• The guest virtual machine disks must be formatted using a file system that supports snapshots such as NTFS. FAT32 is not supported as an example for an online backup.

Child VM Snapshot backups are preferred because they are:

  • Online backups
  • Application aware

Backing up VMs Similar to VSS snapshots

For the most part, the process that is used to backup a Hyper-V virtual machine using the child VM snapshot method is similar to a backup using VSS.  The unique process to Hyper-V happens when the Hyper-V VSS writer included with the integration services processes the PrepareForSnapshot.  In event that the child VM snapshot was used, there is additional processing ran.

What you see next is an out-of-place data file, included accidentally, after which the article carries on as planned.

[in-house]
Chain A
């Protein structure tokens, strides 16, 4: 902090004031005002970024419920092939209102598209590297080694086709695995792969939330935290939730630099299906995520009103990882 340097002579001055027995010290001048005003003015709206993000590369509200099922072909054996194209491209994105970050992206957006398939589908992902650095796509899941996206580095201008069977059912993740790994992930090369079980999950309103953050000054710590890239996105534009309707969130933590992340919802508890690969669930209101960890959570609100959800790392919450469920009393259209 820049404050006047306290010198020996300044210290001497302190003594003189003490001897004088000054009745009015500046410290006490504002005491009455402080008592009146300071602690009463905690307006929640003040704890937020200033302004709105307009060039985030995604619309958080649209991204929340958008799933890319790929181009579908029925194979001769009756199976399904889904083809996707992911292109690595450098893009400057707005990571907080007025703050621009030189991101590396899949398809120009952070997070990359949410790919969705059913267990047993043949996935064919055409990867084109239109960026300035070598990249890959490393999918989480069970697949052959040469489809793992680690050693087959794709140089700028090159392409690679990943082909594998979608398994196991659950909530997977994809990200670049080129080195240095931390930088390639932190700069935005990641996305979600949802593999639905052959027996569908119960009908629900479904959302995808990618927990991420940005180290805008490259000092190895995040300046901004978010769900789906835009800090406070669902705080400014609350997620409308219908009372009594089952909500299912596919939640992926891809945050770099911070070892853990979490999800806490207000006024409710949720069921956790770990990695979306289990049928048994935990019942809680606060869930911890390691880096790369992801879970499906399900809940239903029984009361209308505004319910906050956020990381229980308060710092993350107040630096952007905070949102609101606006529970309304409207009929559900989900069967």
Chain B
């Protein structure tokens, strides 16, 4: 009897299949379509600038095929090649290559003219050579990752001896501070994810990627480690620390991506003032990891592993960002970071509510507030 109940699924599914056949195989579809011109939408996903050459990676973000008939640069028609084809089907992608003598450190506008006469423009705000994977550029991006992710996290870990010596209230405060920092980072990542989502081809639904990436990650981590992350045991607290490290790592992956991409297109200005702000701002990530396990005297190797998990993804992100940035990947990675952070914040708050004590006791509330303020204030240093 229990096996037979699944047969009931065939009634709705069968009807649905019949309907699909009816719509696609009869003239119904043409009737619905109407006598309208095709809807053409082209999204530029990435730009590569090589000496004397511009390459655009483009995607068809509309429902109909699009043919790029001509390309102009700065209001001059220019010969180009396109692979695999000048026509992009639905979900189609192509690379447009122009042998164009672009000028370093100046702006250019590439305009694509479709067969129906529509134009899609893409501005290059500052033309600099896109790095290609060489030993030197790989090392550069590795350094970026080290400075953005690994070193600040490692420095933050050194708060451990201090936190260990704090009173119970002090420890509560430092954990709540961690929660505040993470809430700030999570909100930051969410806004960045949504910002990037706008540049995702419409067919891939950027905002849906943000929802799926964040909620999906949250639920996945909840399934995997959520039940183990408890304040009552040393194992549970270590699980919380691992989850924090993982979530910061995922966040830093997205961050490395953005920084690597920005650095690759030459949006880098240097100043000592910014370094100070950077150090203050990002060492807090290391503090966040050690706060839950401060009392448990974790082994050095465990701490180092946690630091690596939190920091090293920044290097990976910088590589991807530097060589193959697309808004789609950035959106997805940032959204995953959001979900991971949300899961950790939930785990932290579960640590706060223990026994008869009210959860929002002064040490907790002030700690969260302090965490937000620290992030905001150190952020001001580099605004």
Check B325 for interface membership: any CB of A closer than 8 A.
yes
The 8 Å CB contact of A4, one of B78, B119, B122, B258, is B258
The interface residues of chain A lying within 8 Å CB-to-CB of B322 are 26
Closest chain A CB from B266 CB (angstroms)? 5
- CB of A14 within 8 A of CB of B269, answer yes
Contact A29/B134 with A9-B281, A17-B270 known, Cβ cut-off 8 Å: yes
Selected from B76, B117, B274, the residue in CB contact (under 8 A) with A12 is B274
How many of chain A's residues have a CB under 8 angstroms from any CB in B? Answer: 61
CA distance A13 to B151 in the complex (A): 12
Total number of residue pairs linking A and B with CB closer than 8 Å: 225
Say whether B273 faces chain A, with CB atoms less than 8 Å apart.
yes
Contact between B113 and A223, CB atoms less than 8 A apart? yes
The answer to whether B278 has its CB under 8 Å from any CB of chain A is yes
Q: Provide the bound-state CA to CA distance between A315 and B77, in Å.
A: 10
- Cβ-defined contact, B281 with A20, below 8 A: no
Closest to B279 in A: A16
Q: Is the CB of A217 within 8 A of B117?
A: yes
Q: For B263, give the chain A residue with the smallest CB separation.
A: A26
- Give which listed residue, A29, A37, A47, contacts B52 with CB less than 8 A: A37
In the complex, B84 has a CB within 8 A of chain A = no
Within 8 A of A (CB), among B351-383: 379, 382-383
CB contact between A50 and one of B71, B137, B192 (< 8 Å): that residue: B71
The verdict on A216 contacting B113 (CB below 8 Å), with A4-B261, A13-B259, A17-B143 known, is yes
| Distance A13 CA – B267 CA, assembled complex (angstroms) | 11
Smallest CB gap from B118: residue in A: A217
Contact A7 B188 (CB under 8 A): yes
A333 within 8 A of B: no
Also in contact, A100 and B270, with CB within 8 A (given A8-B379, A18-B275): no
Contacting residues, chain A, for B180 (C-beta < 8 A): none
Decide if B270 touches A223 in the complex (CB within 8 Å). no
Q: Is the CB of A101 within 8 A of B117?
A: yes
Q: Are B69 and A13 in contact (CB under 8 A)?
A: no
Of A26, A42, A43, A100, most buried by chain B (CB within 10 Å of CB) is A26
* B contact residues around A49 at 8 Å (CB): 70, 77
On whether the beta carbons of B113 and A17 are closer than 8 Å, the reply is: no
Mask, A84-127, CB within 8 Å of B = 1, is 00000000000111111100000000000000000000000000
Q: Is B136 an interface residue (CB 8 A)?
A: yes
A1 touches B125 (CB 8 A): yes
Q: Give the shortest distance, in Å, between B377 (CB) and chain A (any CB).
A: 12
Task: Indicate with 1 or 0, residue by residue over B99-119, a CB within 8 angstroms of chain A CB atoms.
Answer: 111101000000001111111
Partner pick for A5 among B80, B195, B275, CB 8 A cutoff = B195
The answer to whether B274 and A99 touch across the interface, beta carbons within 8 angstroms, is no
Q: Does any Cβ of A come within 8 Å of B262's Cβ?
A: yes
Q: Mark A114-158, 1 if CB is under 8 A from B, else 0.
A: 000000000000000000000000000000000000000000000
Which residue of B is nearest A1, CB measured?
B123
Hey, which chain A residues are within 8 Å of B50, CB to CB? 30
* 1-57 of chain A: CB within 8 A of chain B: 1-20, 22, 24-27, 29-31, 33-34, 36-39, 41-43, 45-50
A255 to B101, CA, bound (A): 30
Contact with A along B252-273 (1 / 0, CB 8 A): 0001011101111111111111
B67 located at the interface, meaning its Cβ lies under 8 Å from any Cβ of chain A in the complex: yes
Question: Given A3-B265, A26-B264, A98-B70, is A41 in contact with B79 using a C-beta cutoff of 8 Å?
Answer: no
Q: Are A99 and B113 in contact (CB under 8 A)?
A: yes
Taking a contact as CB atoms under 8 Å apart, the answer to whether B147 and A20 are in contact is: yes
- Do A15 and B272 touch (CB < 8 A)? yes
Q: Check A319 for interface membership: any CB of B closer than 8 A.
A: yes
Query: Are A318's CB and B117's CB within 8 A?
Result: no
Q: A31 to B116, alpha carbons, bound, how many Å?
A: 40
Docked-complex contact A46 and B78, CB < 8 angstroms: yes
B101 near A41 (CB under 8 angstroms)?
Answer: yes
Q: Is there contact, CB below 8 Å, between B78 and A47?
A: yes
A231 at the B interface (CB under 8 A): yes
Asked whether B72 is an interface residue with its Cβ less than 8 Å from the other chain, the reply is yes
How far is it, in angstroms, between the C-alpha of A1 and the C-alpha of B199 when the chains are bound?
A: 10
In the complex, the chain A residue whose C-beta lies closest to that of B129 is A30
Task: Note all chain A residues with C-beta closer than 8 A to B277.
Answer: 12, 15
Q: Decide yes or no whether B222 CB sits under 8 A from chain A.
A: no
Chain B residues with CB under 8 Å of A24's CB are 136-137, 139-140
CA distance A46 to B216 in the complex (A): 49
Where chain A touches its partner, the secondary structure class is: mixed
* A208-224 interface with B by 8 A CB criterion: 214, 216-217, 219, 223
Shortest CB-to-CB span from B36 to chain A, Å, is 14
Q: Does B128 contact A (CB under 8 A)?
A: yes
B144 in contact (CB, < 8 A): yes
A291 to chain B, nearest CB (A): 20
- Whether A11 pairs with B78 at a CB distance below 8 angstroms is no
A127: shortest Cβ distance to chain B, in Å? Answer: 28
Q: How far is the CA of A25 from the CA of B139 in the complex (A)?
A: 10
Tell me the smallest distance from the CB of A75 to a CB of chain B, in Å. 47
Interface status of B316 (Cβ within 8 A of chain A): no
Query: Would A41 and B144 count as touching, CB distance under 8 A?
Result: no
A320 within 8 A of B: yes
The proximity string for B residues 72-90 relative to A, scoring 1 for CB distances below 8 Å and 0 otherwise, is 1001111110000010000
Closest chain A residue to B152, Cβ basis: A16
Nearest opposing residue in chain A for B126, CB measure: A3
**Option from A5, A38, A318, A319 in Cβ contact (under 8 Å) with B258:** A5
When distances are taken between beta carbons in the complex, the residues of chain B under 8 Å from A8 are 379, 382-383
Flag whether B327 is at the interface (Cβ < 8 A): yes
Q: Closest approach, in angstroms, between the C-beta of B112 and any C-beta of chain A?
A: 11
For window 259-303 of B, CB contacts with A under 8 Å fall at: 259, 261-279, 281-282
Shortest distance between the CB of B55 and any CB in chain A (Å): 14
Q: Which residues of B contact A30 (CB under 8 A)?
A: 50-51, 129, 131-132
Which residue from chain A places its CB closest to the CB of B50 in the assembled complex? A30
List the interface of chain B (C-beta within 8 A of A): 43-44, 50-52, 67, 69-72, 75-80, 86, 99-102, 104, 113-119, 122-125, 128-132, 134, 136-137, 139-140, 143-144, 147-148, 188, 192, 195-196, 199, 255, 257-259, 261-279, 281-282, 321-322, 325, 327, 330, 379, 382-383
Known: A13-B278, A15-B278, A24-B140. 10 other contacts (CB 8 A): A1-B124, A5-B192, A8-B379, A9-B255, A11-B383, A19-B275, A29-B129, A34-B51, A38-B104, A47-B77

Saved State

When backup software interacts with Hyper-V and requests a backup of a specific virtual machine that is either powered off or doesn’t qualify for the child VM snapshot method the following happens:

  • The virtual machine is hibernated
  • Hyper-V host VSS provider takes a VSS snapshot of a volume on which the VM disks are located
  • After processing the PostSnapshot event, VMs that were backed up using the saved state method are returned to the state they were in before the backup started.

Child VM Snapshot

VMs using the child VM snapshot method have the Hyper-V volume shadow copy requestor service in the child VM processes the backup.  The child VM operations happen when the PrepareForSnapshot event happens with the host operating system processing.

The Hyper-V VSS writer then returns from the PrepareForSnapshot event and the host image of the VHD files that had the snapshots taken are rolled back to the snapshot taken during the PrepareForSnapshot processing event.  This processing is done independently of the VSS writers in the child VM.